Understanding redirection in Linux

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Redirecting only Standard Output (STDOUT)

Redirection is used to pass something to something else. To use an analogy, in sports, player1 can pass the ball to player2. In Linux, this analogy would be represented in this way.

[john.doe@server1 ~]# player1 > player2

 

As a more practical example, the phrase Hello World can be redirected to a file named example-file.

[john.doe@server1 ]# echo "Hello World" > example-file

 

Example.file now contains Hello World.

[john.doe@server1 ]# cat example-file
Hello World

 

Technically speaking, echo "Hello World" is Standard Output (STDOUT), since the phrase Hello World is outputted to the Terminal. The > character redirects Standard Output (STDOUT) to a file. The number 1 is used to represent Standard Output. The number 1 can be placed before the > character, or just the > character can be used. Both commands are exactly the same.

[john.doe@server1 ]# echo "Hello World" 1> example-file
[john.doe@server1 ]# echo "Hello World" > example-file

 

A single > character will overwrite the content of the target file, and double >> will append the Standard Input to the target file. For example, the following commands adds How are you today? to example-file.

[john.doe@server1 ]# echo "How are you today?" >> example-file

 

Example.file now contains Hello World and How are you today?

[john.doe@server1 ]# cat example-file
Hello World
How are you today?

 

As a practical example, when the /sys/fs/selinux/enforce file contains the number 1, SELinux will be set to enforcing. When the file contains the number 0, SELinux will be set to permissive. Redirecting Standard Out can be used to update the file to conain 0 or 1.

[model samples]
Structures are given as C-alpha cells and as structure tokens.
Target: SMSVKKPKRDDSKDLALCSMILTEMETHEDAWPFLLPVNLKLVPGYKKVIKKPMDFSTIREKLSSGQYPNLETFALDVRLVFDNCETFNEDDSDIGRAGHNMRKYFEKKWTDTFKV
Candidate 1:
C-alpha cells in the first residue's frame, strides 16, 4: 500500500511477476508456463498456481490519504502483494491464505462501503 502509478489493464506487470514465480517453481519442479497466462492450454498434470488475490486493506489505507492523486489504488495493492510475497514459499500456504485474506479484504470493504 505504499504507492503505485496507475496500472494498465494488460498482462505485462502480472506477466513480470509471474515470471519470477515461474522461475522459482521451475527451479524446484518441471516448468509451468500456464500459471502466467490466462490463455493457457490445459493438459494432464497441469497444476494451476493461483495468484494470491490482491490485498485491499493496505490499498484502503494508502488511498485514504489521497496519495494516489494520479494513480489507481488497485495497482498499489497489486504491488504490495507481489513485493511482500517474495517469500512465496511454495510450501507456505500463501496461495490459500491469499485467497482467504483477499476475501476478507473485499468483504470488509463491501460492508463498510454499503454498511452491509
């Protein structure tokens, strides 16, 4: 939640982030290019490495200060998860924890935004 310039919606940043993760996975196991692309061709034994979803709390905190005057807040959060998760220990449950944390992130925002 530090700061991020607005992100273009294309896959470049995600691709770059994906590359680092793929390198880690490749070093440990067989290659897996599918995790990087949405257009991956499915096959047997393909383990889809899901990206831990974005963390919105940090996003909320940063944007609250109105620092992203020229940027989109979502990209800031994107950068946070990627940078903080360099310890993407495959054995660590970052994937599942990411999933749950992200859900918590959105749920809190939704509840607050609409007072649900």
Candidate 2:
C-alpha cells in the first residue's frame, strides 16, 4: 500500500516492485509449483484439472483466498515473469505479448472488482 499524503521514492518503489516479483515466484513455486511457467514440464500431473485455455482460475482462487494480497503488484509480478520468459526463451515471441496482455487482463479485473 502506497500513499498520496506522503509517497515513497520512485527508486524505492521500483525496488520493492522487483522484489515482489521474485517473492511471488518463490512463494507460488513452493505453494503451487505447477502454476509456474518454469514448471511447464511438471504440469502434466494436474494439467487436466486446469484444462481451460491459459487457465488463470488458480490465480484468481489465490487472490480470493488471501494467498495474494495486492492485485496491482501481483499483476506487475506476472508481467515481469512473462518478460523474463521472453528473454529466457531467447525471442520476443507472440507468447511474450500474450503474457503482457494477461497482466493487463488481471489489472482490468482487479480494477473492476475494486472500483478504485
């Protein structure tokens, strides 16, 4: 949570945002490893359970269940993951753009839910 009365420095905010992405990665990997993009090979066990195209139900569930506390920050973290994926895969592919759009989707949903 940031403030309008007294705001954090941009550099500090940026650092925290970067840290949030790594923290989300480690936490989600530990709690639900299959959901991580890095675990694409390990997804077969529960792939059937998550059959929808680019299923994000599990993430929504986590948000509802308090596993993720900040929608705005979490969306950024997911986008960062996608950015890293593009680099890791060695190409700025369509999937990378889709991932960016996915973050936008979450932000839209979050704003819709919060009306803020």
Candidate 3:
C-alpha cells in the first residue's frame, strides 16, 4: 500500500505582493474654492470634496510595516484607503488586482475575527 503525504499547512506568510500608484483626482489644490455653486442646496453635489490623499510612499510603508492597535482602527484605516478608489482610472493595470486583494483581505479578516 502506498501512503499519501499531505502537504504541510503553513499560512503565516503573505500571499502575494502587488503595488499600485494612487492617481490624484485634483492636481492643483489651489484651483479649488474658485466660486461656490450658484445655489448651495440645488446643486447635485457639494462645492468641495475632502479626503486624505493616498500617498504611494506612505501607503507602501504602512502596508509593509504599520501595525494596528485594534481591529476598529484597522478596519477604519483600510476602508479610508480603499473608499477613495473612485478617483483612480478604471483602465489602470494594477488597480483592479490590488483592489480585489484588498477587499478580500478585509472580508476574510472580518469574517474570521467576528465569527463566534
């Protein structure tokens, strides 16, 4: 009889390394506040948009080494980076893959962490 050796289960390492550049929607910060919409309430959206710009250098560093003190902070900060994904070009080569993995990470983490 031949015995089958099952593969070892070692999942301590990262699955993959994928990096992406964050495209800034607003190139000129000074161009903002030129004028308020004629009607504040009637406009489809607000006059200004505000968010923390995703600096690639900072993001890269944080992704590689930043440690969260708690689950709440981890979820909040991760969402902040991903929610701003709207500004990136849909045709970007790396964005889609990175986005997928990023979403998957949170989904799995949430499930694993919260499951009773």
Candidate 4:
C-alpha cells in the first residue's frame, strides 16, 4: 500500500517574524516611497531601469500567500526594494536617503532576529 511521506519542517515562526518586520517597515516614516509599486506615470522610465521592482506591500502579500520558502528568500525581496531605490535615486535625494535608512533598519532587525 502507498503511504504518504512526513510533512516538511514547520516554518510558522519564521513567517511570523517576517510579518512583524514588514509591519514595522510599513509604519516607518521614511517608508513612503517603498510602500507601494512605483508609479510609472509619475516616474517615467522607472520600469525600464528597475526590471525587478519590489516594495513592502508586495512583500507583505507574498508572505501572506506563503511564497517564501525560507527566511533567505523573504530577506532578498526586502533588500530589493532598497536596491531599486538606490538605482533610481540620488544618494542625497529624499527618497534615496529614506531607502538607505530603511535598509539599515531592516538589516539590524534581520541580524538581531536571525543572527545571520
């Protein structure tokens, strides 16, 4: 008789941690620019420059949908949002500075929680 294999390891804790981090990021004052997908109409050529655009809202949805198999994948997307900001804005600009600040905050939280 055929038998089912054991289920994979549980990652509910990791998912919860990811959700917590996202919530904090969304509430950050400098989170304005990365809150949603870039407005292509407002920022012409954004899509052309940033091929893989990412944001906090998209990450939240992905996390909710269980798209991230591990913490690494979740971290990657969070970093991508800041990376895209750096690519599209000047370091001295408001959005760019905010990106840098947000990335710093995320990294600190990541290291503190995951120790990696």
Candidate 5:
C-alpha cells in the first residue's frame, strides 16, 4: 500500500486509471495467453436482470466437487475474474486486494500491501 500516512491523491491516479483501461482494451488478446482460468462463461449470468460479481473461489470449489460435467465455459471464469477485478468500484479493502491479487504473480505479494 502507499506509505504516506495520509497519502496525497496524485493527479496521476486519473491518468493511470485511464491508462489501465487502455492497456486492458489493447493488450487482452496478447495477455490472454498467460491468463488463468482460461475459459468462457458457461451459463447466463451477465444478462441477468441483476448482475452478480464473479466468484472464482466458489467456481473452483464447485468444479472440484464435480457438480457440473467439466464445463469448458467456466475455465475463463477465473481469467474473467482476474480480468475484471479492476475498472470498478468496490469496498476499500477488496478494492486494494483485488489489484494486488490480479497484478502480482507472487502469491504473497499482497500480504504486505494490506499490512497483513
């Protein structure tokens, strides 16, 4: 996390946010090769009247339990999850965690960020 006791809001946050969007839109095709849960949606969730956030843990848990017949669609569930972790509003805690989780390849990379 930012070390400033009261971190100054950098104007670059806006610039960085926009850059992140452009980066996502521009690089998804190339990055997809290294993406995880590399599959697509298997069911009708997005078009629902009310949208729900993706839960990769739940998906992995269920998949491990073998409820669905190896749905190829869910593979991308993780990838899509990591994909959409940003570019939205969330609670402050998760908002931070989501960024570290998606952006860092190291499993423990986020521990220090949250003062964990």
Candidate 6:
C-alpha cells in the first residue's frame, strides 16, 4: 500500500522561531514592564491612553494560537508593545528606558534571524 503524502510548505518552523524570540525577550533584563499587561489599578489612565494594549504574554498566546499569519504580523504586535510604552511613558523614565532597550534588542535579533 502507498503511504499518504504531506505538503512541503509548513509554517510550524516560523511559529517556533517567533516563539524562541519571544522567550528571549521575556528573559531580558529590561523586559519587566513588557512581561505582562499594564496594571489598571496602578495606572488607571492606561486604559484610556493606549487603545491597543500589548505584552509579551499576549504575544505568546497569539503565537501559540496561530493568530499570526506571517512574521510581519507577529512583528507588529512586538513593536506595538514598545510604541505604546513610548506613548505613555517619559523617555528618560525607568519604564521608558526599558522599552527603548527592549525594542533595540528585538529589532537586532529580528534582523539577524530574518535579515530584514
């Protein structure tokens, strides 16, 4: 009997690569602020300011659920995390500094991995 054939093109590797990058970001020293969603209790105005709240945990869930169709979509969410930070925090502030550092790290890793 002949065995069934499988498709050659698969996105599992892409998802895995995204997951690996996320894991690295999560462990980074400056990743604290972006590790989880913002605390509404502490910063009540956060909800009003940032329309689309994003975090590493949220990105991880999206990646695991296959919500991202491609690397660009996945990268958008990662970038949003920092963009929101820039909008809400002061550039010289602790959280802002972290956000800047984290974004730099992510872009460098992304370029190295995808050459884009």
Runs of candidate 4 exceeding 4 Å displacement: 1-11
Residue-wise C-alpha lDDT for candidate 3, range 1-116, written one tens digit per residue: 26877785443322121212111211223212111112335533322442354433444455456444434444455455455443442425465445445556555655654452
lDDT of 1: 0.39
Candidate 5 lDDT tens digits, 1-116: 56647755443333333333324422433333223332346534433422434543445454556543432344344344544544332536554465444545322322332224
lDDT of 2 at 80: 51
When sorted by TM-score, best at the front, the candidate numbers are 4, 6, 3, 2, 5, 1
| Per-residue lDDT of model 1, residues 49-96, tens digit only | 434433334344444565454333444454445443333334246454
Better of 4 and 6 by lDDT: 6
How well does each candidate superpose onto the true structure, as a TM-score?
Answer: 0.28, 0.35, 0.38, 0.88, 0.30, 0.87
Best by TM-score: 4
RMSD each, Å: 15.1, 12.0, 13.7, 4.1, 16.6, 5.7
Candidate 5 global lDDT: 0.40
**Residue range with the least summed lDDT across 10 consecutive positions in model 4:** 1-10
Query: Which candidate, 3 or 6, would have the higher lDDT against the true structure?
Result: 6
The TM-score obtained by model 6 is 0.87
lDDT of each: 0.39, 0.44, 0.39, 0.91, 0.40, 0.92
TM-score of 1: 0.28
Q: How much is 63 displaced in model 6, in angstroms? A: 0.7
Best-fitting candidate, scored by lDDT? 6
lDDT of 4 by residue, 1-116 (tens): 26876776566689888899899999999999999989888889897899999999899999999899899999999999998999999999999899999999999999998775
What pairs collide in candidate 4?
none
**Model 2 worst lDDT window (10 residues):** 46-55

[root@server1 ~]# echo 0 > /sys/fs/selinux/enforce
[root@server1 ~]# echo 1 > /sys/fs/selinux/enforce

 


Redirecting only Standard Error (STDERR)

The bogus command will produce a Standard Error (STDERR).

[john.doe@server1 ]# bogus-command
-bash: bogus-command: command not found

 

The number 2 is used to represent Standard Error. The number 2 must be placed before the > character to redirect a Standard Error to a file. In this example, the Standard Output of the bogus-command is redirected to example.file. The Standard Error will not be displayed in the shell because the Standard Error was redirected to example.file.

[user1@server1 ]# bogus-command 2> example.file

 

Example.file now contains the Standard Error.

[john.doe@server1 ]# cat example-file
-bash: bogus-command: command not found

 


Redirecting both Standard Error (STDERR) to Standard Output (STDOUT)

2>&1 or 1>&2 can be used to redirect both Standard Error to Standard Output to a file. For example, let's say the ls (list) command produces both Standard Output and Standard Error.

[john.doe@server1 ]# ls real.file bogus.file
ls: cannot access bogus.file: No such file or directory
real.file

 

Without 2>&1 or 1>&2, the Standard Output would be redirected to example.file, and the Standard Error would appear in the Terminal.

[john.doe@server1 ]# ls real.file bogus.file > example.file
ls: cannot access bogus.file: No such file or directory

 

Appending 2>&1 or 1>&2 will redirect both the Standard Output and Standard Error to example.file.

  • 2>&1 redirects the Standand Error (2) to Standard Output (1), so that Standard Error becomes Standard Output. Then, all of the Standard Output is redirected to example.file.
  • 1>&2 redirects the Standard Output (1) to Standard Error (2), sot that the Standard Output becomes Standard Error. Then, all of the Standard Error is redirected to example.file.
[john.doe@server1 ]# ls real.file bogus.file > example.file 2>&1

 


Redirecting Standard Input

The < character represents Standard Input (STDIN). The number 0 is used to represent Standard Input. The < character can be used to redirect Standard Input to the Terminal. In this example, the contents of example.file will be displayed in the Terminal.

[user1@server1 ]# < example.file
Hello World

 



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